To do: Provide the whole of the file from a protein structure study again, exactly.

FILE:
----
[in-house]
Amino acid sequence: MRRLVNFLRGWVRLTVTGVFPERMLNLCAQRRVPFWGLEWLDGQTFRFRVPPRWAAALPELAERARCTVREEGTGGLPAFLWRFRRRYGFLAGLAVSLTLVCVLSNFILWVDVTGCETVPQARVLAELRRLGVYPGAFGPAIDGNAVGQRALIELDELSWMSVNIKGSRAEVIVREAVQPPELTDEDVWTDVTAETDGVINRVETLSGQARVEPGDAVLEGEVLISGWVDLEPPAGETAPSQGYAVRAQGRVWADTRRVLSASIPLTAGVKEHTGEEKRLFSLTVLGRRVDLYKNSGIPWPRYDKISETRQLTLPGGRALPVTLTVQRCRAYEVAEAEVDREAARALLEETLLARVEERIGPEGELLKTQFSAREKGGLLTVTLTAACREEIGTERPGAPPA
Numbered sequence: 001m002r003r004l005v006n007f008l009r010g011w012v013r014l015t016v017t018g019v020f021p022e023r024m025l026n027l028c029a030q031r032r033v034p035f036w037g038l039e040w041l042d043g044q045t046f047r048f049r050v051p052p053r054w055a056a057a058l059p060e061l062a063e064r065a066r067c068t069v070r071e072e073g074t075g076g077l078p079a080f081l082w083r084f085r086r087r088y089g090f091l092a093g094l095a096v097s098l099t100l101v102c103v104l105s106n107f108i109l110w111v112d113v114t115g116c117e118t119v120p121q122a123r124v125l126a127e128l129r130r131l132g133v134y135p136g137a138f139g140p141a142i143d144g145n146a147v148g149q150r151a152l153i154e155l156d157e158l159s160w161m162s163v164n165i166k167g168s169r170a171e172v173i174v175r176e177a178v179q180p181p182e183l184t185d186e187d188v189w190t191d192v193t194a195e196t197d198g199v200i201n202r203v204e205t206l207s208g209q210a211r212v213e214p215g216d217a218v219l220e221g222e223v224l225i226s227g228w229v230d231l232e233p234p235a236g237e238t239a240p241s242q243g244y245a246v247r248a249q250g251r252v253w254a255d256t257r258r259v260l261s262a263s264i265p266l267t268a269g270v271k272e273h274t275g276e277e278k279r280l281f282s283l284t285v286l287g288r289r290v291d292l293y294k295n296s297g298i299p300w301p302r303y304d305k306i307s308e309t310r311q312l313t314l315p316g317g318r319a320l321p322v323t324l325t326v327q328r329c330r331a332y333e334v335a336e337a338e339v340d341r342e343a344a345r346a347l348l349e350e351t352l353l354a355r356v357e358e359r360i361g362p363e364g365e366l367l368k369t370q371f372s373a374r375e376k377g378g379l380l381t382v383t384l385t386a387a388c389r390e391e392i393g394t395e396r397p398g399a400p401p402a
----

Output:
[in-house]
Amino acid sequence: MRRLVNFLRGWVRLTVTGVFPERMLNLCAQRRVPFWGLEWLDGQTFRFRVPPRWAAALPELAERARCTVREEGTGGLPAFLWRFRRRYGFLAGLAVSLTLVCVLSNFILWVDVTGCETVPQARVLAELRRLGVYPGAFGPAIDGNAVGQRALIELDELSWMSVNIKGSRAEVIVREAVQPPELTDEDVWTDVTAETDGVINRVETLSGQARVEPGDAVLEGEVLISGWVDLEPPAGETAPSQGYAVRAQGRVWADTRRVLSASIPLTAGVKEHTGEEKRLFSLTVLGRRVDLYKNSGIPWPRYDKISETRQLTLPGGRALPVTLTVQRCRAYEVAEAEVDREAARALLEETLLARVEERIGPEGELLKTQFSAREKGGLLTVTLTAACREEIGTERPGAPPA
Numbered sequence: 001m002r003r004l005v006n007f008l009r010g011w012v013r014l015t016v017t018g019v020f021p022e023r024m025l026n027l028c029a030q031r032r033v034p035f036w037g038l039e040w041l042d043g044q045t046f047r048f049r050v051p052p053r054w055a056a057a058l059p060e061l062a063e064r065a066r067c068t069v070r071e072e073g074t075g076g077l078p079a080f081l082w083r084f085r086r087r088y089g090f091l092a093g094l095a096v097s098l099t100l101v102c103v104l105s106n107f108i109l110w111v112d113v114t115g116c117e118t119v120p121q122a123r124v125l126a127e128l129r130r131l132g133v134y135p136g137a138f139g140p141a142i143d144g145n146a147v148g149q150r151a152l153i154e155l156d157e158l159s160w161m162s163v164n165i166k167g168s169r170a171e172v173i174v175r176e177a178v179q180p181p182e183l184t185d186e187d188v189w190t191d192v193t194a195e196t197d198g199v200i201n202r203v204e205t206l207s208g209q210a211r212v213e214p215g216d217a218v219l220e221g222e223v224l225i226s227g228w229v230d231l232e233p234p235a236g237e238t239a240p241s242q243g244y245a246v247r248a249q250g251r252v253w254a255d256t257r258r259v260l261s262a263s264i265p266l267t268a269g270v271k272e273h274t275g276e277e278k279r280l281f282s283l284t285v286l287g288r289r290v291d292l293y294k295n296s297g298i299p300w301p302r303y304d305k306i307s308e309t310r311q312l313t314l315p316g317g318r319a320l321p322v323t324l325t326v327q328r329c330r331a332y333e334v335a336e337a338e339v340d341r342e343a344a345r346a347l348l349e350e351t352l353l354a355r356v357e358e359r360i361g362p363e364g365e366l367l368k369t370q371f372s373a374r375e376k377g378g379l380l381t382v383t384l385t386a387a388c389r390e391e392i393g394t395e396r397p398g399a400p401p402a